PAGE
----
It seems that every week brings another round of vaccine hopes. This week’s top news concerns Moderna’s reported 94.5% effective vaccine candidate. The now-familiar ripples throughout the markets have lifted oil and travel stocks, while attacking the tech sector. Buy and sell opportunities abound.
Work from home stocks take a hit
Tech stocks are taking a hit – primarily those that have seen big momentum this year from the near-term “work from home” growth thesis. Canada’s top TSX ecommerce stock, Shopify, was down by around 2% on the news, opening a value opportunity. U.S. stocks such as Zoom, Peloton, Amazon, and Home Depot were also trending lower. It has been evident since the summer that tech stocks are allergic to vaccine breakthroughs.
Value stocks got some attention, though, with Air Canada up 3.8% and Cineplex adding 9.8%. Other chewed-up names also saw gains Monday. Manulife Financial, one of the insurance industry’s widest of wide moat stocks, climbed 2%. CNQ rose 2.9%, providing further evidence that a vaccine rollout could be good news in the near-term for hydrocarbon stocks.
Investors may want to start making buy and sell lists, including key entry and exit points, specifically for the vaccine market. Last week’s early statement alleging that Pfizer and BioNTech had created a coronavirus vaccine showing 90% effectiveness blasted the markets into the stratosphere. If this behaviour can now be predicted, opportunities to build and trim could be about to come thick and fast.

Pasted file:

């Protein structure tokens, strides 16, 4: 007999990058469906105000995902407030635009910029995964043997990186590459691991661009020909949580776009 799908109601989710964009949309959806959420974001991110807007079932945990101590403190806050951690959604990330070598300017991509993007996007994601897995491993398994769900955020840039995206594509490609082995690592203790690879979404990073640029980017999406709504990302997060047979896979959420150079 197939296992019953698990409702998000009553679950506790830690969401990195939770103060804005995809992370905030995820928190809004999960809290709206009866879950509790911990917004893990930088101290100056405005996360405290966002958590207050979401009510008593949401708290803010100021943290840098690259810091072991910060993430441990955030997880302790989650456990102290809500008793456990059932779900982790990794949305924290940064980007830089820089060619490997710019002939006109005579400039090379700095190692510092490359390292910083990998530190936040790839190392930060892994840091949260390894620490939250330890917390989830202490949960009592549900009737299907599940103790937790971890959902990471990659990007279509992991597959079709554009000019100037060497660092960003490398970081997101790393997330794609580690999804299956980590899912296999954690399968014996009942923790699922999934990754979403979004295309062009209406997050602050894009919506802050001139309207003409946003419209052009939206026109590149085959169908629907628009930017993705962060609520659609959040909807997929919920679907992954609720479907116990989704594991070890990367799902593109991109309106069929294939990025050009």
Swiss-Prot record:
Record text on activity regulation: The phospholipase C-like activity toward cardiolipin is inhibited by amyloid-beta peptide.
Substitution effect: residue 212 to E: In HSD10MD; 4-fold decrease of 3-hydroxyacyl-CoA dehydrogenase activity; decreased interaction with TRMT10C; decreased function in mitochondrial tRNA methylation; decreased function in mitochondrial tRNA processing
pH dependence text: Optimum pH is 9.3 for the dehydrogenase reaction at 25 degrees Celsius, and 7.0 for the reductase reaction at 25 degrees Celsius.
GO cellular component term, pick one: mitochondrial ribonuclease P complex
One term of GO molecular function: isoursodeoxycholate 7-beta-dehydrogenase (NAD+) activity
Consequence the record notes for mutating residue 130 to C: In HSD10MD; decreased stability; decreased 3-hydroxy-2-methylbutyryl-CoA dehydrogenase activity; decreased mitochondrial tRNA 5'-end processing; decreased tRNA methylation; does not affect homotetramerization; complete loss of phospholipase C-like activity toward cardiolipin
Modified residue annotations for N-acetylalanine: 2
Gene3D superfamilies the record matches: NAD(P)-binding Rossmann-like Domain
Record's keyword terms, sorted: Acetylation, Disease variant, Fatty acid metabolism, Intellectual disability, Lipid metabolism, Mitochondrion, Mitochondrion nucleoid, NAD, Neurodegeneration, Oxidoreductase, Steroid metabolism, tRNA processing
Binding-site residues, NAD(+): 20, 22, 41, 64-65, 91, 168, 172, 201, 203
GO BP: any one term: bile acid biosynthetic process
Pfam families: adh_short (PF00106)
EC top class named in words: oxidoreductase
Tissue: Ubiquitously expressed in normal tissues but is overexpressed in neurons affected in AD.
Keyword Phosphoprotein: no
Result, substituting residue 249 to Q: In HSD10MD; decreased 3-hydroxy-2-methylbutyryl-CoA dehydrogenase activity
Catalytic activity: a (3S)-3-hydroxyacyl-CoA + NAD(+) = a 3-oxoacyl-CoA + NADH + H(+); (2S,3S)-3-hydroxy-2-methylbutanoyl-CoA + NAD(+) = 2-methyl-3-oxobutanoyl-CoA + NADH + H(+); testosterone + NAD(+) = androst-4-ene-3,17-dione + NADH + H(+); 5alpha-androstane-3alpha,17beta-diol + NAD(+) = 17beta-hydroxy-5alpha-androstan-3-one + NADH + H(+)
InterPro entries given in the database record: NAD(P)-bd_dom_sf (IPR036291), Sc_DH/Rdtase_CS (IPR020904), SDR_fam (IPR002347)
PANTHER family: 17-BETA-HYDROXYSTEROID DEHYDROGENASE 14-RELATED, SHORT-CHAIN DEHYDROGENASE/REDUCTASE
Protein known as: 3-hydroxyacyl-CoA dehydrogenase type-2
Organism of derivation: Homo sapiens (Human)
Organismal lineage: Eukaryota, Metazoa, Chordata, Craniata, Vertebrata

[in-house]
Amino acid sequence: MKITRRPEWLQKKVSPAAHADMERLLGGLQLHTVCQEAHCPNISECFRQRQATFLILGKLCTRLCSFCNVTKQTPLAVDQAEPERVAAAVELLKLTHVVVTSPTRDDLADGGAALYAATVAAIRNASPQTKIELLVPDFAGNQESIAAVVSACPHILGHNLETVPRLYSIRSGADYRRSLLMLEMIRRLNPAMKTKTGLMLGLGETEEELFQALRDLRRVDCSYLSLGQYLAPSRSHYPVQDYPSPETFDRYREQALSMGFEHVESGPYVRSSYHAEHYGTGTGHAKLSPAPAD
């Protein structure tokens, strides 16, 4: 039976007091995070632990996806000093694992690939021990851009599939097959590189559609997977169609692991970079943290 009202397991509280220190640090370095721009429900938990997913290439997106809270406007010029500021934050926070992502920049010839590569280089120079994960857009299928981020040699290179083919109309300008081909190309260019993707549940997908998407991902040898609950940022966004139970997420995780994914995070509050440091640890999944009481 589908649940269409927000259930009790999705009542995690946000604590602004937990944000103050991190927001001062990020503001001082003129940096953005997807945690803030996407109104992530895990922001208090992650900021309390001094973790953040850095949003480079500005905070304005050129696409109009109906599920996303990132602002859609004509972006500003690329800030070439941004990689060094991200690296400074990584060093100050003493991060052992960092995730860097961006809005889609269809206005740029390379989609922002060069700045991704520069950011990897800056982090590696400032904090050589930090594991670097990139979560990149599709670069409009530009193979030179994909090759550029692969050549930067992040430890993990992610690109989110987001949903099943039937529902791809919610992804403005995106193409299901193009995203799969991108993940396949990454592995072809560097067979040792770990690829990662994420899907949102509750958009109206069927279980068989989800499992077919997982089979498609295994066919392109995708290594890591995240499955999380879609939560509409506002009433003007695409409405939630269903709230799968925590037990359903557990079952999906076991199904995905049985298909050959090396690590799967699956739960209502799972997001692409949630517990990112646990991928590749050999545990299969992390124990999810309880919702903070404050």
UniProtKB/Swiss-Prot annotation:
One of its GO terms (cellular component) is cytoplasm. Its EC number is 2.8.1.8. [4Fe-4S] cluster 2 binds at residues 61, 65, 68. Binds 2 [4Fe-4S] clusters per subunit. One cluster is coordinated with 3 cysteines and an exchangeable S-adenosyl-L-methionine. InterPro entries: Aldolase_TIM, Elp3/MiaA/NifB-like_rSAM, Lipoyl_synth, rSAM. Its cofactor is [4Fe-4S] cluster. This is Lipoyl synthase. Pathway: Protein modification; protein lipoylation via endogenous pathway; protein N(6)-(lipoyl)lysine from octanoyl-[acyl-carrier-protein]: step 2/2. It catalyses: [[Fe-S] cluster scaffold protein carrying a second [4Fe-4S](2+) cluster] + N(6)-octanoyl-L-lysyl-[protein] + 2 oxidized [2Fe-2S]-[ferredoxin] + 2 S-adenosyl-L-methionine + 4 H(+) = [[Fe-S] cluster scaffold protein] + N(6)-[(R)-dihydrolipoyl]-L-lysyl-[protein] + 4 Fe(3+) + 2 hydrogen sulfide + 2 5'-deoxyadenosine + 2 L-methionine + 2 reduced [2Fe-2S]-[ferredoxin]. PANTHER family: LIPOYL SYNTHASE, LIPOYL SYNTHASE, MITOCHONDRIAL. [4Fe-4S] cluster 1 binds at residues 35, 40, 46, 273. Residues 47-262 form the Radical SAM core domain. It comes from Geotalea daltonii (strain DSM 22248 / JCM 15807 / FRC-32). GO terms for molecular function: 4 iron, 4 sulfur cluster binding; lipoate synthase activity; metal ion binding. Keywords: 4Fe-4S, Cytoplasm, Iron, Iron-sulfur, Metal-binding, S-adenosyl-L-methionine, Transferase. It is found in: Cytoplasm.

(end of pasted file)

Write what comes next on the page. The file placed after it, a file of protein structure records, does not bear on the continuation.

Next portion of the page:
Expect high short-term volatility in stocks
While build and trim opportunities are great, the danger in the market comes when investors trust those bull runs. Everybody is waiting for an end to the pandemic. A vaccine – or, indeed, multiple vaccines – will logical bring an end to the health crisis. But we’re not out of the woods yet. Until we are, headline-grabbing breakthroughs are good for a bit of momentum. Indeed, last week’s bull run offered a taste of things to come.
But even that bullishness proved premature. Further news came to light by midweek: Pfizer’s CEO had (apparently legally) cashed in US$5.6 million of shares. We also learned that complex storage systems may be required to keep the vaccine candidate at its requisite -70 degrees Celsius. A week has become a long time in investing, and by Friday, the bull run was showing signs of withering.
The names that rallied have largely been floundering all year, and the “buy” thesis was tenuous at best. With cases rising and political uncertainty lingering just across the border, TSX investors have to temper their near-term expectations. Now it seems that every week we’re to be treated to a different vaccine rally from a different Big Pharma outfit. It’s almost become a stand-in stimulus program.
Bullishness is all well and good. It brings opportunities to ride upside, while other investors can short certain names and buy back cheaper after the inevitable post-rip dip. For the lower-risk investor, long positions can be built gradually while red ink predominates. And while shareholders see underperforming tickers splashed with green, there are chances to raise liquidity.
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John Mackey, CEO of Whole Foods Market, an Amazon subsidiary, is a member of The Motley Fool’s board of directors. Fool contributor Victoria Hetherington has no position in any of the stocks mentioned. David Gardner owns shares of Amazon. Tom Gardner owns shares of Shopify and Zoom Video Communications. The Motley Fool owns shares of and recommends Amazon, Home Depot, Peloton Interactive, Shopify, Shopify, and Zoom Video Communications and recommends the following options: short January 2022 $1940 calls on Amazon and long January 2022 $1920 calls on Amazon.